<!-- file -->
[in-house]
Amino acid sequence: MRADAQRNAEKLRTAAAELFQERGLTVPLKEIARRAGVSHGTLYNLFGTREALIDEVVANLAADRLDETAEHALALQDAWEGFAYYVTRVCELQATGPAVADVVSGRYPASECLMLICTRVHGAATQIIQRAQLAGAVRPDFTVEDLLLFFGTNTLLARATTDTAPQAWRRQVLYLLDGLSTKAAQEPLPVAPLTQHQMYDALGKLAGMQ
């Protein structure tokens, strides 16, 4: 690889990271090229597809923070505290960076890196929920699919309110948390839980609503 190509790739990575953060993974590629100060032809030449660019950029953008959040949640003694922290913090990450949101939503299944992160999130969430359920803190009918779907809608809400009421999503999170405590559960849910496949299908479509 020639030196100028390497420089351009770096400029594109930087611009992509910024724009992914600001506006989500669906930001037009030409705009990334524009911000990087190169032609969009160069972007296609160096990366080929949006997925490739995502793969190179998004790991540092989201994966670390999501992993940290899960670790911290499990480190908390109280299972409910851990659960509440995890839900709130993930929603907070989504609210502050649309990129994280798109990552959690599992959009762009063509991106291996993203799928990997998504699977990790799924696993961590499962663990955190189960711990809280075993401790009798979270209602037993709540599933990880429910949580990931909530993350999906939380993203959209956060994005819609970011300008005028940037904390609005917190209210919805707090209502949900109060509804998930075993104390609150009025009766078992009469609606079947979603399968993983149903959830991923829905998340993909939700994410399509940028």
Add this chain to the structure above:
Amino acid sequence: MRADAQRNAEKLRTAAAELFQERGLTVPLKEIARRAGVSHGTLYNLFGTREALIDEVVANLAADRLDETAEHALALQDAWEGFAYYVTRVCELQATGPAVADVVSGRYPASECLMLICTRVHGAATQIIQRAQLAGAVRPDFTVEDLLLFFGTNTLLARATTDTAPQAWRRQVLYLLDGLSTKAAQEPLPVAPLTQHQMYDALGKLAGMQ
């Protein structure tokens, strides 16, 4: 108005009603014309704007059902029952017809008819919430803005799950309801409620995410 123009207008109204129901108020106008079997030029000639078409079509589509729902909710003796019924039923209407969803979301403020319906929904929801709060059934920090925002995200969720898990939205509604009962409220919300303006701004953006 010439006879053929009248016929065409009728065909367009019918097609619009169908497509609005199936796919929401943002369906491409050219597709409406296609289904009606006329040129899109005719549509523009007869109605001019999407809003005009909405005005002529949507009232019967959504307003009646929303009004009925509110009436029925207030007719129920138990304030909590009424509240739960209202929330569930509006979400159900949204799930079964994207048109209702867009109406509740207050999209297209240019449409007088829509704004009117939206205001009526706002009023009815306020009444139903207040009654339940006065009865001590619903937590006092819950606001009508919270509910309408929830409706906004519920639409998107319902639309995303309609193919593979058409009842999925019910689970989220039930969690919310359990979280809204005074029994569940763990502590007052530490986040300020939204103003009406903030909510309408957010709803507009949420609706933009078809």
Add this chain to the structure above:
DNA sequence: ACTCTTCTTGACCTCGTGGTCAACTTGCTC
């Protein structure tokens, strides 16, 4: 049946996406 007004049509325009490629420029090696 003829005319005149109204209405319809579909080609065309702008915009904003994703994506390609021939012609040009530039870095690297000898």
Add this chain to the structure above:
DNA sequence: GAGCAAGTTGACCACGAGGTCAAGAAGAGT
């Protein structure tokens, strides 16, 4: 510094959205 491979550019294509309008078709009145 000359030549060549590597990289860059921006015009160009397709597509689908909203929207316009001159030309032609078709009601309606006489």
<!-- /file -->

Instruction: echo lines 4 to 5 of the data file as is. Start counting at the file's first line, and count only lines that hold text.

Add this chain to the structure above:
Amino acid sequence: MRADAQRNAEKLRTAAAELFQERGLTVPLKEIARRAGVSHGTLYNLFGTREALIDEVVANLAADRLDETAEHALALQDAWEGFAYYVTRVCELQATGPAVADVVSGRYPASECLMLICTRVHGAATQIIQRAQLAGAVRPDFTVEDLLLFFGTNTLLARATTDTAPQAWRRQVLYLLDGLSTKAAQEPLPVAPLTQHQMYDALGKLAGMQ